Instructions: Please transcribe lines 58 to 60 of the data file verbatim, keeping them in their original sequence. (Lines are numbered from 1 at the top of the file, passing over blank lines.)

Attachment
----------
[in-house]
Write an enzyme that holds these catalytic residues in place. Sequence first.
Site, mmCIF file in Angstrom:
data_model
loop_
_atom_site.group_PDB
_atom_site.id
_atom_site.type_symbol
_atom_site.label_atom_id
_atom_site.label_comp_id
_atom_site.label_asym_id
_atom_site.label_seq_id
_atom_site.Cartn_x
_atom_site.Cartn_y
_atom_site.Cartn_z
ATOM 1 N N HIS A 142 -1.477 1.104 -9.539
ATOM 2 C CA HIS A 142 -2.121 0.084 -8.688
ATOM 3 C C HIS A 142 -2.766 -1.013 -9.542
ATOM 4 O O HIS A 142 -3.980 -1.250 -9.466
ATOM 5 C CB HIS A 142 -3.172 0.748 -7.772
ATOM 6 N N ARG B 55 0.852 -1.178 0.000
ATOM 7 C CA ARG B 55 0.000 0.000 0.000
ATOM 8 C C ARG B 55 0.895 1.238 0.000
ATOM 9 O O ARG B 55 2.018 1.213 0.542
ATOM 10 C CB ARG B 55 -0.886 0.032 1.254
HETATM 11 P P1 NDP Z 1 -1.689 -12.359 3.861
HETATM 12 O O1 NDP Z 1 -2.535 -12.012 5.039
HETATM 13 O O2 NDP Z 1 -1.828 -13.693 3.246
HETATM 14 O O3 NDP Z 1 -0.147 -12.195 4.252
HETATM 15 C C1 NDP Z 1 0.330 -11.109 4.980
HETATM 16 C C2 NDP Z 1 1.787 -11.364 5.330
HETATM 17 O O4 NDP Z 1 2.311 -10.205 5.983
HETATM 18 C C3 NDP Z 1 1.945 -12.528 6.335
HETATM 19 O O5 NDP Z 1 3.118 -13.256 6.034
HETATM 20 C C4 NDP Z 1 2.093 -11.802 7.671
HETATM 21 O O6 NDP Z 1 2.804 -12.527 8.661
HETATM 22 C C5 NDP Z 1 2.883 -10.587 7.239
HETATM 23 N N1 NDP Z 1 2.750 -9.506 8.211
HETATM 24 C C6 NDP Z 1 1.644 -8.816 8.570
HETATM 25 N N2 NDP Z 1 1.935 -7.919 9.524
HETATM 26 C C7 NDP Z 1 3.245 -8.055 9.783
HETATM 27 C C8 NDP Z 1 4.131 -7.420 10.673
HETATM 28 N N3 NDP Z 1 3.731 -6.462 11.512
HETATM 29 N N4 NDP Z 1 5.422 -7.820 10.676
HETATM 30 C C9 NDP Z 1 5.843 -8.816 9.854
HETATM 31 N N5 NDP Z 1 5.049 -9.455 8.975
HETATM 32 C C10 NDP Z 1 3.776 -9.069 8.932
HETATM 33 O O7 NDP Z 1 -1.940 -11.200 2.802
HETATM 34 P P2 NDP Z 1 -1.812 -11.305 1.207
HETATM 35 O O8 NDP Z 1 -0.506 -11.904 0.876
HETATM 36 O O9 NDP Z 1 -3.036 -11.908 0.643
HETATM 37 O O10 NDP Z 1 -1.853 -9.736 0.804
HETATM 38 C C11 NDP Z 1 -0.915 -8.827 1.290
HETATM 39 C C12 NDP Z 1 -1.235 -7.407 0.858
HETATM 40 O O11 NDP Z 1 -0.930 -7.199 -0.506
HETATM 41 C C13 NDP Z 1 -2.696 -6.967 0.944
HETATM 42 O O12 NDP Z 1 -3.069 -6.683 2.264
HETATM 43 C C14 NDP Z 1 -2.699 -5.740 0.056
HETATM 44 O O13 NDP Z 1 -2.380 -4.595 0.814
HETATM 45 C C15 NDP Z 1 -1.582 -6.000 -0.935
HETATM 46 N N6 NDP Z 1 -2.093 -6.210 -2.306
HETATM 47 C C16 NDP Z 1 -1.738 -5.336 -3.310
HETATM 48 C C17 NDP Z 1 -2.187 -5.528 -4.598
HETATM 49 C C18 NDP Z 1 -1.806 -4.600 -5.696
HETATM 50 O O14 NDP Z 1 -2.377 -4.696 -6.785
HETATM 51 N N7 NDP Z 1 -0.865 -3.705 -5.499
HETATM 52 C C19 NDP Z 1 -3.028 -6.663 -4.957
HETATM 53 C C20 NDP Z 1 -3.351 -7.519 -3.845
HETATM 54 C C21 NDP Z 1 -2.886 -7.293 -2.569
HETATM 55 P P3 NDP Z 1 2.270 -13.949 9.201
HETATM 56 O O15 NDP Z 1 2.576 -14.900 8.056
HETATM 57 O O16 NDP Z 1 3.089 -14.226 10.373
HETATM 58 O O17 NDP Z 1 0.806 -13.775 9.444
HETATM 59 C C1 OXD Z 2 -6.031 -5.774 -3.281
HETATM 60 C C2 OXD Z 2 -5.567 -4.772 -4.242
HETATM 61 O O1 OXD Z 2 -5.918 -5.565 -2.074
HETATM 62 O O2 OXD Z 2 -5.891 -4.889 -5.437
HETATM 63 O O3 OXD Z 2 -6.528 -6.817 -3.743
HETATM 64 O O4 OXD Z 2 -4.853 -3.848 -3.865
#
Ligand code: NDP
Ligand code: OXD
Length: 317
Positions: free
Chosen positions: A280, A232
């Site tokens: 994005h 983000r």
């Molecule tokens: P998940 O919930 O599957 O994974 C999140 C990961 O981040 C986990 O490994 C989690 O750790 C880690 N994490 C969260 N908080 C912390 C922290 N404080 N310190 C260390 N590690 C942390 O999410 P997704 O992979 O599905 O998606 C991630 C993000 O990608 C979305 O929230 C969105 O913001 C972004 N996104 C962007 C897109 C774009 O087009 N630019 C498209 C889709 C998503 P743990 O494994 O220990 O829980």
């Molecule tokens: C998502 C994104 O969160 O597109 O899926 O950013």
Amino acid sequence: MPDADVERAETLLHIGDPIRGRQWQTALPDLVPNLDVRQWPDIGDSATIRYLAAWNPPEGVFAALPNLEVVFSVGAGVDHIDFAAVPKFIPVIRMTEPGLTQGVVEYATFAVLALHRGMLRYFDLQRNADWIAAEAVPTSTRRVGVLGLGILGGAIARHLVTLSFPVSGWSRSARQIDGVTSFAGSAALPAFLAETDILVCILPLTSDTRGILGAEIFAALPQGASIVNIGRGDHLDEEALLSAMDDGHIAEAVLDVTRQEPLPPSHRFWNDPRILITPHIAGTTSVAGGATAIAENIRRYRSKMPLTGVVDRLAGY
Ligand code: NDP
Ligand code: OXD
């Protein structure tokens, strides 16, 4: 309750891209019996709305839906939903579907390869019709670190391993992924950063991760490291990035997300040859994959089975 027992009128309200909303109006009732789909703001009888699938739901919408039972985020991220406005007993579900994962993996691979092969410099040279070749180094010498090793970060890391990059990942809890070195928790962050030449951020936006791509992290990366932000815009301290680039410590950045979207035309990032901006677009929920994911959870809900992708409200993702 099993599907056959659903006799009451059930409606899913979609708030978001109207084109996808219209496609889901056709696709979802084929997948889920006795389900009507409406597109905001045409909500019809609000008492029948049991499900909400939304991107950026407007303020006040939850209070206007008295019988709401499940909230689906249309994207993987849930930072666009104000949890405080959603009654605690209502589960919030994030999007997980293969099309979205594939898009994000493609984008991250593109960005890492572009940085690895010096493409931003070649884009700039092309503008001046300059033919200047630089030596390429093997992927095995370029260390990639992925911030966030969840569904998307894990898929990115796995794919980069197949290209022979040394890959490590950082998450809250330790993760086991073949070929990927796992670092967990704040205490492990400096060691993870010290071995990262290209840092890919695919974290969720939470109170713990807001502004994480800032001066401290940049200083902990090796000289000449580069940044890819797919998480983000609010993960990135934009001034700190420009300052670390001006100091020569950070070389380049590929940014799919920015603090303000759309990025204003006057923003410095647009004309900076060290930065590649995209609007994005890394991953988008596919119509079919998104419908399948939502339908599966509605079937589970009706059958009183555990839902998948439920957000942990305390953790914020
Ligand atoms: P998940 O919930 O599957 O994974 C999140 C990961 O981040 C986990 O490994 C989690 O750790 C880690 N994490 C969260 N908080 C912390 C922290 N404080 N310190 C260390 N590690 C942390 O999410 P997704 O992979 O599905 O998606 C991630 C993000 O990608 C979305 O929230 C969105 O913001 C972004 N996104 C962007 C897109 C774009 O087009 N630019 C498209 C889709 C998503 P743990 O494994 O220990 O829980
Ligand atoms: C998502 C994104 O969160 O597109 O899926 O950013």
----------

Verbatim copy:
HETATM 43 C C14 NDP Z 1 -2.699 -5.740 0.056
HETATM 44 O O13 NDP Z 1 -2.380 -4.595 0.814
HETATM 45 C C15 NDP Z 1 -1.582 -6.000 -0.935